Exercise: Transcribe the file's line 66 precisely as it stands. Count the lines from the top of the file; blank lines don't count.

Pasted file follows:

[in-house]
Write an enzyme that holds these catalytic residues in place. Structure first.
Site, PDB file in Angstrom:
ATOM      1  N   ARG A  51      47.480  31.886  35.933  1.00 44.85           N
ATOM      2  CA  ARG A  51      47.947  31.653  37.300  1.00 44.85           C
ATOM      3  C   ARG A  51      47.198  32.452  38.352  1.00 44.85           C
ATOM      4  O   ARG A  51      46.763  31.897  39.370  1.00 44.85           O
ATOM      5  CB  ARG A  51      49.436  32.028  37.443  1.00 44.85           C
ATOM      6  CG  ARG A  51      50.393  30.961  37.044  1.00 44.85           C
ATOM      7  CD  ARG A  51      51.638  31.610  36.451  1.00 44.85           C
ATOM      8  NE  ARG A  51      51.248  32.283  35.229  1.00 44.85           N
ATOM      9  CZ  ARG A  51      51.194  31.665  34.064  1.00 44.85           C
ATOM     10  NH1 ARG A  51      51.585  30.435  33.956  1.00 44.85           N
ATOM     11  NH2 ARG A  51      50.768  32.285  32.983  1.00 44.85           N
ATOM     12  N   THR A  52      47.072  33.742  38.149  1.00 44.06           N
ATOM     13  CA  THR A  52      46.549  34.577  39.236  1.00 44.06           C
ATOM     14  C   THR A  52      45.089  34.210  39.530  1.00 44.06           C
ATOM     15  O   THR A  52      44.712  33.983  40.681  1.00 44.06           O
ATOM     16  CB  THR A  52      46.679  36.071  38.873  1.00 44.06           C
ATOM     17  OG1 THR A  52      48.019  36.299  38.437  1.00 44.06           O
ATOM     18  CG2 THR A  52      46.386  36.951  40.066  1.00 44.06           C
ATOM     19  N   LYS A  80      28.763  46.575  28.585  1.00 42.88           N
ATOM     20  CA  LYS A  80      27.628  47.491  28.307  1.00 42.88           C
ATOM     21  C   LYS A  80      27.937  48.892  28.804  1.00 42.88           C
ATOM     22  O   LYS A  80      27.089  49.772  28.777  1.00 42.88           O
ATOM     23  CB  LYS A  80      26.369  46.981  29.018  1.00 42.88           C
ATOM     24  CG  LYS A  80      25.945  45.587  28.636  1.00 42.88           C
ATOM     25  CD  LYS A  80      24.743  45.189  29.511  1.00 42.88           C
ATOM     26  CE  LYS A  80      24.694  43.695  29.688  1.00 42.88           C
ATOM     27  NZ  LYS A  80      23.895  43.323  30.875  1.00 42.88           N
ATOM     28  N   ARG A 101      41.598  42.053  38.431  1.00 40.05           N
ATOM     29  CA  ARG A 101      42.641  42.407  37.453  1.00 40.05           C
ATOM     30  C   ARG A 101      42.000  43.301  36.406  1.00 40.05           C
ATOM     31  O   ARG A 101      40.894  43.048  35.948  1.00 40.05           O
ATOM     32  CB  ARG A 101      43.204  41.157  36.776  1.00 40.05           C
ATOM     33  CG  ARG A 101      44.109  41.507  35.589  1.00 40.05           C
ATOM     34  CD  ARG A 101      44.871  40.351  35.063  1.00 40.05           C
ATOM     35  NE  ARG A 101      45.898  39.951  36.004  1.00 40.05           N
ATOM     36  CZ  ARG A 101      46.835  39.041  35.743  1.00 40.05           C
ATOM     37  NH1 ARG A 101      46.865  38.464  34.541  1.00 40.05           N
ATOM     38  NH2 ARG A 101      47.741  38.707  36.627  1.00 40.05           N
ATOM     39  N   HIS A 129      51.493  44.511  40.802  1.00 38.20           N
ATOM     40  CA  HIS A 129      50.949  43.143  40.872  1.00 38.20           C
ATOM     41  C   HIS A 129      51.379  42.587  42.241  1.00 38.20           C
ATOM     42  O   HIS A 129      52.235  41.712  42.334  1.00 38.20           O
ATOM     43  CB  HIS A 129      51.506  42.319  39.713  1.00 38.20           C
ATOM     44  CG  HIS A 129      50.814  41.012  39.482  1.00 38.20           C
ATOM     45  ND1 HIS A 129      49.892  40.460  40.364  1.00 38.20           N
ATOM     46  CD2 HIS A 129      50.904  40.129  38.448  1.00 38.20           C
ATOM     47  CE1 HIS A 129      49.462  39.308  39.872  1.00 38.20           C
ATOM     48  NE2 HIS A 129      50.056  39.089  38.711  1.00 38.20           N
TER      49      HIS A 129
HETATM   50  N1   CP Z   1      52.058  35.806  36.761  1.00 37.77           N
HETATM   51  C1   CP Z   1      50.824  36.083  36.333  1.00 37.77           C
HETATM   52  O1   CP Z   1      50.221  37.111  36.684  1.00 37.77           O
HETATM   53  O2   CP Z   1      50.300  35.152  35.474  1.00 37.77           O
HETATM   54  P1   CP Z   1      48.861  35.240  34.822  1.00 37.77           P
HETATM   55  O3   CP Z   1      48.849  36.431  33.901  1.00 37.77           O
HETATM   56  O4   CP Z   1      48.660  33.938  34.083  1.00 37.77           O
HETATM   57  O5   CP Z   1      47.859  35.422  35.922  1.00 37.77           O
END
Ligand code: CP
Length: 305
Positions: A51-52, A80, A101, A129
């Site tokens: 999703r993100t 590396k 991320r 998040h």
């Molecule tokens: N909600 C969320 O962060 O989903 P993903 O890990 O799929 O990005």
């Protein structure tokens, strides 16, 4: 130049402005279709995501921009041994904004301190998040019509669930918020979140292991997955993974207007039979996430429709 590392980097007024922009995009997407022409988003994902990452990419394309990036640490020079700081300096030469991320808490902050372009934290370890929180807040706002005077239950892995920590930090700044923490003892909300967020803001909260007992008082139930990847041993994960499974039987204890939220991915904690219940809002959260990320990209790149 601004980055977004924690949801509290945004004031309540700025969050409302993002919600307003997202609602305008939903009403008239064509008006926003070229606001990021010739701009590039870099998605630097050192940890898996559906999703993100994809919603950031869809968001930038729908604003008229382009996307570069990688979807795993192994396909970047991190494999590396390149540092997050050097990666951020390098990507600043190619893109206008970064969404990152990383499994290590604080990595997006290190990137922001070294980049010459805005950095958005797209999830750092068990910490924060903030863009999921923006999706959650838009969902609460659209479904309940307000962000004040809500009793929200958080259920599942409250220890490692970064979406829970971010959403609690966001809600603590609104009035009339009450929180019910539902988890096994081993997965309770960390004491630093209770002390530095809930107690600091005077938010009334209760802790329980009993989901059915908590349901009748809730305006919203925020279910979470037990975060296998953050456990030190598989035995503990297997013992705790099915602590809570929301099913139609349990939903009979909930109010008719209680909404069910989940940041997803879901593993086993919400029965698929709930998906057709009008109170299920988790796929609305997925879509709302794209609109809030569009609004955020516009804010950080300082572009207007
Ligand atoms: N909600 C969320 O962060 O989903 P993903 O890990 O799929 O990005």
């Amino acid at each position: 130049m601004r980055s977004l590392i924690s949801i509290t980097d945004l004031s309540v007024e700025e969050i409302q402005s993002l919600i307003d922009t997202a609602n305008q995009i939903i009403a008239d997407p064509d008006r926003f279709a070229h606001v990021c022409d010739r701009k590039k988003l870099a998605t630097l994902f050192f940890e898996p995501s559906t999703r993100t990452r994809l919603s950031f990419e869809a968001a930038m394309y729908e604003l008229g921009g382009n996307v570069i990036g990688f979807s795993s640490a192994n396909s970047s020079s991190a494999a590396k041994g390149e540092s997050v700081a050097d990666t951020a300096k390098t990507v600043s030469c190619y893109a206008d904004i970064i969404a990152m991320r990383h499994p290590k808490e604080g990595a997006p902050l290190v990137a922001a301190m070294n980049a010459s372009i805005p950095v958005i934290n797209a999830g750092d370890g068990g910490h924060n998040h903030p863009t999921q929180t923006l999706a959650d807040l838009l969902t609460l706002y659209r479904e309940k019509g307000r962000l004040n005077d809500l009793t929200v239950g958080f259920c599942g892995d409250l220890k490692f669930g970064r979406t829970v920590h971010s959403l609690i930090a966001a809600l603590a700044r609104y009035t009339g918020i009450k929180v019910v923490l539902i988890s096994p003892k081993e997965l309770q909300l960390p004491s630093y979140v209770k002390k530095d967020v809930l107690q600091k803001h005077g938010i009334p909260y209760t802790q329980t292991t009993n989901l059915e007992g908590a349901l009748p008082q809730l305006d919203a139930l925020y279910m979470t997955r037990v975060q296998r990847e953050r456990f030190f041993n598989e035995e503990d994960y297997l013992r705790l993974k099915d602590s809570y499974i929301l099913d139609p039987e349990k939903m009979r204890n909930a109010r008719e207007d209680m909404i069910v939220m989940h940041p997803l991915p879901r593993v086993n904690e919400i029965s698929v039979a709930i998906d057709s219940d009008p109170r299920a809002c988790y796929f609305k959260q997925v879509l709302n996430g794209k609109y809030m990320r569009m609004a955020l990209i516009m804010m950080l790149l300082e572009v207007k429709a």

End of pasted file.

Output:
């Molecule tokens: N909600 C969320 O962060 O989903 P993903 O890990 O799929 O990005």